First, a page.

Most of the people flagging Facebook photos aren't reporting porn or violence, but are unhappy about how they look in them, a Facebook executive said.
Arturo Bejar, Facebook's director of engineering told NPR that most of the users flagging photos were in the photos themselves. This led to creating a new layer that gave users a box to check next to the statement, "I don't like this photo of me."
"[We were] talking to somebody at the Compassion Center in Stanford, the Compassion Research Center," Bejar told NPR. "They were telling us that what triggers your compassion reflex is when you recognize that the other person is experiencing an emotion. So if you notice that they're sad, if you notice that they're happy, if you notice that there's something going on with them, how you engage with them changes. . . . And we found that the message that said, hey, I really don't like how I look in this photo, most people would feel comfortable sending that message. And most interesting, most people who receive that message would just go ahead and remove the photo."
While the original requests to take down photos came out in August, Facebook has been tweaking the utility to make it less confrontational. (Facebook also has another check-box to report bullying, labeled "It's harassing me" or "It's harassing a friend.")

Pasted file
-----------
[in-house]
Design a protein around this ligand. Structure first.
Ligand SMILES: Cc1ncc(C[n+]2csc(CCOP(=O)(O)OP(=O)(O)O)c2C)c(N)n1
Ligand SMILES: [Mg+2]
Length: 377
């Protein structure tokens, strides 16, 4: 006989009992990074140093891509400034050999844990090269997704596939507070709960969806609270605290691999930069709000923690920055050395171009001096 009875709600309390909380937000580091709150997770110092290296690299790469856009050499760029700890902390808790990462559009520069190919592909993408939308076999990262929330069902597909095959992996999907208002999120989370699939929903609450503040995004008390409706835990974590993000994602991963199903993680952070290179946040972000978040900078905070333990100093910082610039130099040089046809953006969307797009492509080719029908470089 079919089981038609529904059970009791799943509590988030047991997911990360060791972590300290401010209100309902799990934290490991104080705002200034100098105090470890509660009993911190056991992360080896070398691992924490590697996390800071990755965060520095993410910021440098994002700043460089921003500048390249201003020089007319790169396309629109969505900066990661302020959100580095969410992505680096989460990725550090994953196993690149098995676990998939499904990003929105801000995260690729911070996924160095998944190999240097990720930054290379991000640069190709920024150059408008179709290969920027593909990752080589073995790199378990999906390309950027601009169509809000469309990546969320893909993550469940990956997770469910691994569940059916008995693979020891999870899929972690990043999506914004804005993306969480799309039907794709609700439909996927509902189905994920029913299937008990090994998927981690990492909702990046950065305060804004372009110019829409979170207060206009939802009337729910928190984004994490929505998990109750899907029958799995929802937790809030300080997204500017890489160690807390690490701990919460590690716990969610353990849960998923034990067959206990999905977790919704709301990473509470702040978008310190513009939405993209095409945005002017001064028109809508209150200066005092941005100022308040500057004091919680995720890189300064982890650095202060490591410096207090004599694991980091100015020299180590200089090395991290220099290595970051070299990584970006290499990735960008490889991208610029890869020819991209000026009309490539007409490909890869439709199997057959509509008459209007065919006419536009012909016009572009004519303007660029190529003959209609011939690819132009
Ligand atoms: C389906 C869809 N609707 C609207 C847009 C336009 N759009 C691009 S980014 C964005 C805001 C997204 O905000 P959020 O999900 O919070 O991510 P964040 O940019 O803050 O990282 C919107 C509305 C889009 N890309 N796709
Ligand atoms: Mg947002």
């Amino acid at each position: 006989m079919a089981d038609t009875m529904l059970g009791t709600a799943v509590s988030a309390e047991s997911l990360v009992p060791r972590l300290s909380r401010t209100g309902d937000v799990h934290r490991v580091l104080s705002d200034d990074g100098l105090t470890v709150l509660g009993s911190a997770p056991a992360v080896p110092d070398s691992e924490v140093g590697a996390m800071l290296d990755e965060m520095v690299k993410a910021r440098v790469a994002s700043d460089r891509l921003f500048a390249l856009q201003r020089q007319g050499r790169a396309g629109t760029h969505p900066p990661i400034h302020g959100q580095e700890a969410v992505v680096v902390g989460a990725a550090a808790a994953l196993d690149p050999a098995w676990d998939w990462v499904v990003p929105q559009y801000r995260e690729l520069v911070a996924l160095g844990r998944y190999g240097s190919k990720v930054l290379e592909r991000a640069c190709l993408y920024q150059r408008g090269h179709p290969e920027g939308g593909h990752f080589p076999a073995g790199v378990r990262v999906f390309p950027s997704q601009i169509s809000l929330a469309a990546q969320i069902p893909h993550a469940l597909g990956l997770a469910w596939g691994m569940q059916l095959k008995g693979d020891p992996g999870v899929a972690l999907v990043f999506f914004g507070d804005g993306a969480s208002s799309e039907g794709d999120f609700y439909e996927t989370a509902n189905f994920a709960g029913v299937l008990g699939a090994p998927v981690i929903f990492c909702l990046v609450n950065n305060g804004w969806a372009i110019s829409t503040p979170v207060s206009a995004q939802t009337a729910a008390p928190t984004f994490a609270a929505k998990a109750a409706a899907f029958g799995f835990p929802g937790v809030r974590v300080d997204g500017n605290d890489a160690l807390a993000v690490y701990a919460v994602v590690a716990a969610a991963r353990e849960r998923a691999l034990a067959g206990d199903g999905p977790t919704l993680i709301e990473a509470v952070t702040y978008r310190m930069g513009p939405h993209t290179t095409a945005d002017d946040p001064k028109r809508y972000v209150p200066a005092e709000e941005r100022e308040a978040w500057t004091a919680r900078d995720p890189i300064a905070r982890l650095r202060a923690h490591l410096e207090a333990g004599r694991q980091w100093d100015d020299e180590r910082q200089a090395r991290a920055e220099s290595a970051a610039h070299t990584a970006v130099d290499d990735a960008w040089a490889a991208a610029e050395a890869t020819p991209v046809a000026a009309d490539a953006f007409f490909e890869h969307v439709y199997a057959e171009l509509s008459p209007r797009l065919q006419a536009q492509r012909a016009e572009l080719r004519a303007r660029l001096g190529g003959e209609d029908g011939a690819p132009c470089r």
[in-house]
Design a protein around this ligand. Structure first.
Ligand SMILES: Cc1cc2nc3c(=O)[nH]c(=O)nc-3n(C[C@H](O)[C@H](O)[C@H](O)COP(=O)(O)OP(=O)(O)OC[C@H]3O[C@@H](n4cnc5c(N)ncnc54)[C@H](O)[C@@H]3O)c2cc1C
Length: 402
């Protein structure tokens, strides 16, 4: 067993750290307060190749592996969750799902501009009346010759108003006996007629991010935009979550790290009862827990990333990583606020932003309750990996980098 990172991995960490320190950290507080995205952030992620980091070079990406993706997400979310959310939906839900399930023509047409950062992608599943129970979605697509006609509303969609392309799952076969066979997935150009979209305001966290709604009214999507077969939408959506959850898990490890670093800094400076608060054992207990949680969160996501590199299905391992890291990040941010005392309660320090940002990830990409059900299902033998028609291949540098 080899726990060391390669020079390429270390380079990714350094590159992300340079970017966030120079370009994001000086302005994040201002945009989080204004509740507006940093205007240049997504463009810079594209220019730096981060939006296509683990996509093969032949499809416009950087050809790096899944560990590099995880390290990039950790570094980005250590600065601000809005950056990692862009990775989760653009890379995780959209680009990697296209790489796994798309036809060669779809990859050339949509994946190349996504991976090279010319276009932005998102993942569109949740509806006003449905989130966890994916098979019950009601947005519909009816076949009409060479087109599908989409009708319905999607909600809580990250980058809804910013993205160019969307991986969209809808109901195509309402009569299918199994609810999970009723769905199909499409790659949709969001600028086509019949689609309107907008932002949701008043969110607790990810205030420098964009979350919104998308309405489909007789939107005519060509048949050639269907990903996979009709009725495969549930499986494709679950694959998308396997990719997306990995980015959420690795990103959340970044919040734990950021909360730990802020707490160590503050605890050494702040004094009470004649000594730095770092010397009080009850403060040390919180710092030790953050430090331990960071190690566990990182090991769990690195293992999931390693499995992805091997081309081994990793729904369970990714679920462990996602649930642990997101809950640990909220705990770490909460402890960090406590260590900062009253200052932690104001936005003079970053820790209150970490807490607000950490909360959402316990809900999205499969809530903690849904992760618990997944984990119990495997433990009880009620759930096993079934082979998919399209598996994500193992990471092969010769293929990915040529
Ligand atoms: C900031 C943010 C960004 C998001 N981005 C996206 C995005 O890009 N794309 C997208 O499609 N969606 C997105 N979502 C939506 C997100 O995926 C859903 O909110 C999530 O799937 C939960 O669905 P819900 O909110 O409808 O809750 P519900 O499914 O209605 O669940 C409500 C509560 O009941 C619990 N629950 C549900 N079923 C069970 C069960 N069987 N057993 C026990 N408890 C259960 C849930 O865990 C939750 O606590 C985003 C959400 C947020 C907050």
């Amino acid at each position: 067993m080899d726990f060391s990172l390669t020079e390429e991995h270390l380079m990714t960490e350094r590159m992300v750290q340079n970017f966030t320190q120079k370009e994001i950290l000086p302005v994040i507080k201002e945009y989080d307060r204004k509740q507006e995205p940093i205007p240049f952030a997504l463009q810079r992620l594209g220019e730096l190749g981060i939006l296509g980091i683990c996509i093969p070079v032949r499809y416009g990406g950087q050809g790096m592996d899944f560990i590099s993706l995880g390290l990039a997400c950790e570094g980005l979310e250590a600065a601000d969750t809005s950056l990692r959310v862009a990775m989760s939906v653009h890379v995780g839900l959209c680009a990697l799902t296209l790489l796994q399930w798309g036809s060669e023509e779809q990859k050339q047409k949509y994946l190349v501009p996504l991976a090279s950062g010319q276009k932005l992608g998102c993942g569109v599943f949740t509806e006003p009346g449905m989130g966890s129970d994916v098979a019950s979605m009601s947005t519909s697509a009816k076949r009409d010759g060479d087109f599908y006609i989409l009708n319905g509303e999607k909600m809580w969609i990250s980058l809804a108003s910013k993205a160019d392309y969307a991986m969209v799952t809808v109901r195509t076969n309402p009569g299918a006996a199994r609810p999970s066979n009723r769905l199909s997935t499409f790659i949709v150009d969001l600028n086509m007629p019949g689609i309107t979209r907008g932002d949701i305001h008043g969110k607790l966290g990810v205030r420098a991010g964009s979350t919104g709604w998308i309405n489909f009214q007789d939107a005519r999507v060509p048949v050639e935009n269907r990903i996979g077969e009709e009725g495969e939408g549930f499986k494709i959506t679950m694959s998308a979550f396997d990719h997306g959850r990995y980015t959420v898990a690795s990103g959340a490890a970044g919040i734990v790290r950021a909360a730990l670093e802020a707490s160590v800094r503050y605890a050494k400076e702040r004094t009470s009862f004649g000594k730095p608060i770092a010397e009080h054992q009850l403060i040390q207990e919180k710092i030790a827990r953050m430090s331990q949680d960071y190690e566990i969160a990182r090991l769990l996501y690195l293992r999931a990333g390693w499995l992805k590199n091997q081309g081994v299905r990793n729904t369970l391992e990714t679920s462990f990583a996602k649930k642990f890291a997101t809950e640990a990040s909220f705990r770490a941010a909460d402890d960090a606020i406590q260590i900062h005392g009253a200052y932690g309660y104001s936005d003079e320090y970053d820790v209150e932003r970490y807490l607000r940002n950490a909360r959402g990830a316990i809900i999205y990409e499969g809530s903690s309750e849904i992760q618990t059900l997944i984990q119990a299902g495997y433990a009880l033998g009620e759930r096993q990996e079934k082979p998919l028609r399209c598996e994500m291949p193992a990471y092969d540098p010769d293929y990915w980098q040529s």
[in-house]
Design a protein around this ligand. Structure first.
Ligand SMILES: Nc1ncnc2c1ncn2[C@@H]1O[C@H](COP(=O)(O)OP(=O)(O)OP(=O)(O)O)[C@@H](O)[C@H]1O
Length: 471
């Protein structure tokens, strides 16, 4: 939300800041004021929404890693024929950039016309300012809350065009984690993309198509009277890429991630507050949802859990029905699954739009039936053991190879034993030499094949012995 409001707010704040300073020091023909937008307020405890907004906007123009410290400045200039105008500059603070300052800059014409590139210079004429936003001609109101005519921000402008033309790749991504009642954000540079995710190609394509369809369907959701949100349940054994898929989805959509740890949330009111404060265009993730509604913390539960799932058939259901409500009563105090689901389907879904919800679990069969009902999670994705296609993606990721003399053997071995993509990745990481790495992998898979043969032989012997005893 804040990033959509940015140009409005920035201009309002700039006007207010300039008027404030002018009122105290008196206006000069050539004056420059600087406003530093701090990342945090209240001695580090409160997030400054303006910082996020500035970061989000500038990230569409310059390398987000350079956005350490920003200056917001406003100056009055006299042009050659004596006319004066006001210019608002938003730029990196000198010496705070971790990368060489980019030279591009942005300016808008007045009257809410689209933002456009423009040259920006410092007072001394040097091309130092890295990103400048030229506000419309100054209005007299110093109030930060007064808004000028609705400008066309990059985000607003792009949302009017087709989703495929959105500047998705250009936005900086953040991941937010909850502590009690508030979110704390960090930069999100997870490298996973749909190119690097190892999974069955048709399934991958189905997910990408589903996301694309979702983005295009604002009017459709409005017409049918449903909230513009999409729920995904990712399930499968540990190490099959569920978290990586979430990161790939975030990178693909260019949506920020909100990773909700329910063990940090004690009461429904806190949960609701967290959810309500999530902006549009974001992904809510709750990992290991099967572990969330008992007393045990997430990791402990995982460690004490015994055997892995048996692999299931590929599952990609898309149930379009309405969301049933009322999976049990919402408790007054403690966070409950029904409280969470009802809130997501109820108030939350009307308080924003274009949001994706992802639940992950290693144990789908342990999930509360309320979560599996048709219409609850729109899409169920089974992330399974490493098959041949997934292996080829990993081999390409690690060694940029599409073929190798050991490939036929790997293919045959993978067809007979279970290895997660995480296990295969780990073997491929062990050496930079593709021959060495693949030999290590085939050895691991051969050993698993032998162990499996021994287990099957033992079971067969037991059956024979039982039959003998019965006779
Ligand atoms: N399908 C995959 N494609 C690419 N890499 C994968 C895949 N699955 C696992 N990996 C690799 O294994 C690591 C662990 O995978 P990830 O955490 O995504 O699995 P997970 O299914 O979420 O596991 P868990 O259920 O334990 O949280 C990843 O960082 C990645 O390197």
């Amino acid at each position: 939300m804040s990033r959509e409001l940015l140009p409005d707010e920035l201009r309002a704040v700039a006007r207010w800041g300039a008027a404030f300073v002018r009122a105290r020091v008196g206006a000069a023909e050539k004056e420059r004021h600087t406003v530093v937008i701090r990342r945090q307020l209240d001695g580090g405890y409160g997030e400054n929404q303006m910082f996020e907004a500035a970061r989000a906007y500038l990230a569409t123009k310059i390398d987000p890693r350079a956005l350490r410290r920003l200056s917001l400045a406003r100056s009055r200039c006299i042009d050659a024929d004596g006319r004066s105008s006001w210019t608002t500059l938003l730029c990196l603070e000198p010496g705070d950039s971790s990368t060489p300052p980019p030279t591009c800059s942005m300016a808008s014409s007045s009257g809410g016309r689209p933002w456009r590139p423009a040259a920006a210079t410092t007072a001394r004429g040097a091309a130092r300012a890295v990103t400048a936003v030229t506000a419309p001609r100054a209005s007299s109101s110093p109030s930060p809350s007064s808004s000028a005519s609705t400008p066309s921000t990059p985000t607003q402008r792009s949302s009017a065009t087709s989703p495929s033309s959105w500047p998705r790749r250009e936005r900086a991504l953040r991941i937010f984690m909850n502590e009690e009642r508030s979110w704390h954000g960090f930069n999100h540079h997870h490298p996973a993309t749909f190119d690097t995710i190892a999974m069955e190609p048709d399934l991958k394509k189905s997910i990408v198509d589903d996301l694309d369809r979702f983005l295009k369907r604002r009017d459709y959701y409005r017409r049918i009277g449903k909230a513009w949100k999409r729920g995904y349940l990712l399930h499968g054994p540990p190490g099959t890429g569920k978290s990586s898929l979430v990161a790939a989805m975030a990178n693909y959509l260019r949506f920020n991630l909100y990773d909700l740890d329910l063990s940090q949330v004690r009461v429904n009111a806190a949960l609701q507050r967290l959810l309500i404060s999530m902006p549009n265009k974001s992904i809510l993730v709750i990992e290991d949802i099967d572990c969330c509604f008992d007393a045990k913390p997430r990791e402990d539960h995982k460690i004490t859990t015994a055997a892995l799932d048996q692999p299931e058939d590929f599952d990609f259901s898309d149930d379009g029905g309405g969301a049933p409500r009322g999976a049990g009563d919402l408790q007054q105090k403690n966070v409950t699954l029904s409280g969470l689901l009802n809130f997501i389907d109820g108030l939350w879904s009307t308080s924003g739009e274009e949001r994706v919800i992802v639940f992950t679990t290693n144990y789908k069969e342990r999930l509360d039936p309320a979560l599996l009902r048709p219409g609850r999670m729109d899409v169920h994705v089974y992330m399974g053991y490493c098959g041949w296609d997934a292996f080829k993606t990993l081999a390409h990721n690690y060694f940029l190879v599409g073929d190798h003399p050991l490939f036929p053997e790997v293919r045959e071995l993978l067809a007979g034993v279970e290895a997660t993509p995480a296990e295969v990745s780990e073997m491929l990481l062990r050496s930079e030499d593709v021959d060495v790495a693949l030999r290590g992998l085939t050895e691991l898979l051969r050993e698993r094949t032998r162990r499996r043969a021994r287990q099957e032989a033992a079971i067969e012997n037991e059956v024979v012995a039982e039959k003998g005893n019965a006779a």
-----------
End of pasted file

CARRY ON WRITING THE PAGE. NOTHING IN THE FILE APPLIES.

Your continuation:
Essentially, if you don't like the photo where you are making a weird face or looks like you gained 30 pounds, it's not obscene, doesn't involve hate speech and likely isn't violent, o Facebook isn't going to take down the photo. Bejar said it would be up to the original poster to do so. If the original poster gets the message and doesn't take it down, Bejar says it's up to you to repeatedly ask or give up. (But let's hope you don't get reported for harassment!)
Unflattering Facebook photos apparently are really a problem if you judge it by the number of hits on Google, with a Coalition Against Unflattering Facebook Photos (on Facebook, of course) and numerous ways to head off unflattering photos at events. But in the end, it's better to have understanding friends who wouldn't post bad pictures of you in the first place.